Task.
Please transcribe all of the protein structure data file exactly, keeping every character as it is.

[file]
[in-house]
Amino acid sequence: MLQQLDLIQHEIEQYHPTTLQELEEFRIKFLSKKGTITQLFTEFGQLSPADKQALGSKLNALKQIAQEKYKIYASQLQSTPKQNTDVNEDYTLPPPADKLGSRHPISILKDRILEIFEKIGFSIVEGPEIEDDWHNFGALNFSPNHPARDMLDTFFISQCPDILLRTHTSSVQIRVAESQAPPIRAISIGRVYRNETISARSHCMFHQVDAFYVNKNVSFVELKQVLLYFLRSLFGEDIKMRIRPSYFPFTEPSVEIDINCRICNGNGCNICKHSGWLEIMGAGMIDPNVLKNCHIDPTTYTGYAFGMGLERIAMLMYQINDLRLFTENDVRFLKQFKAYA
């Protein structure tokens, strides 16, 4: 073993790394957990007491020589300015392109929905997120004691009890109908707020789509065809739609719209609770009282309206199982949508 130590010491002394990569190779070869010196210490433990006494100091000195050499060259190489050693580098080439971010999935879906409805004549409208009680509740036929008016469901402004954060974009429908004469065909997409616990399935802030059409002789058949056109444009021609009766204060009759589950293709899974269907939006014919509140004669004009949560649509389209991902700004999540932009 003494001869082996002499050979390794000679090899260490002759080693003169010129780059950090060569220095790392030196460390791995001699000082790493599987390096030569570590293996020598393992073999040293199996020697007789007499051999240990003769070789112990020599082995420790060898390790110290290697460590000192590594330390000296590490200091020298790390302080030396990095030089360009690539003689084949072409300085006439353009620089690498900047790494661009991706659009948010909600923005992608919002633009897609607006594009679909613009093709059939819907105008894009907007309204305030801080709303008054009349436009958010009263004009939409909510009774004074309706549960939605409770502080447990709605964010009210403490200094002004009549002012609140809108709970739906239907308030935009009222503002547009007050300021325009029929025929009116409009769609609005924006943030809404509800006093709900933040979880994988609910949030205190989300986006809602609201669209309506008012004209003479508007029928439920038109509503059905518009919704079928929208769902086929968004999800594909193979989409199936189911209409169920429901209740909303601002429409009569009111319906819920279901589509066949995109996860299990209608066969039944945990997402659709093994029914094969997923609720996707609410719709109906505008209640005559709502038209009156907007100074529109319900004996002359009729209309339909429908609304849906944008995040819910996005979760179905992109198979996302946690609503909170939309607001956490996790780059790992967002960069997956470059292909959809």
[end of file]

[in-house]
Amino acid sequence: MLQQLDLIQHEIEQYHPTTLQELEEFRIKFLSKKGTITQLFTEFGQLSPADKQALGSKLNALKQIAQEKYKIYASQLQSTPKQNTDVNEDYTLPPPADKLGSRHPISILKDRILEIFEKIGFSIVEGPEIEDDWHNFGALNFSPNHPARDMLDTFFISQCPDILLRTHTSSVQIRVAESQAPPIRAISIGRVYRNETISARSHCMFHQVDAFYVNKNVSFVELKQVLLYFLRSLFGEDIKMRIRPSYFPFTEPSVEIDINCRICNGNGCNICKHSGWLEIMGAGMIDPNVLKNCHIDPTTYTGYAFGMGLERIAMLMYQINDLRLFTENDVRFLKQFKAYA
């Protein structure tokens, strides 16, 4: 073993790394957990007491020589300015392109929905997120004691009890109908707020789509065809739609719209609770009282309206199982949508 130590010491002394990569190779070869010196210490433990006494100091000195050499060259190489050693580098080439971010999935879906409805004549409208009680509740036929008016469901402004954060974009429908004469065909997409616990399935802030059409002789058949056109444009021609009766204060009759589950293709899974269907939006014919509140004669004009949560649509389209991902700004999540932009 003494001869082996002499050979390794000679090899260490002759080693003169010129780059950090060569220095790392030196460390791995001699000082790493599987390096030569570590293996020598393992073999040293199996020697007789007499051999240990003769070789112990020599082995420790060898390790110290290697460590000192590594330390000296590490200091020298790390302080030396990095030089360009690539003689084949072409300085006439353009620089690498900047790494661009991706659009948010909600923005992608919002633009897609607006594009679909613009093709059939819907105008894009907007309204305030801080709303008054009349436009958010009263004009939409909510009774004074309706549960939605409770502080447990709605964010009210403490200094002004009549002012609140809108709970739906239907308030935009009222503002547009007050300021325009029929025929009116409009769609609005924006943030809404509800006093709900933040979880994988609910949030205190989300986006809602609201669209309506008012004209003479508007029928439920038109509503059905518009919704079928929208769902086929968004999800594909193979989409199936189911209409169920429901209740909303601002429409009569009111319906819920279901589509066949995109996860299990209608066969039944945990997402659709093994029914094969997923609720996707609410719709109906505008209640005559709502038209009156907007100074529109319900004996002359009729209309339909429908609304849906944008995040819910996005979760179905992109198979996302946690609503909170939309607001956490996790780059790992967002960069997956470059292909959809």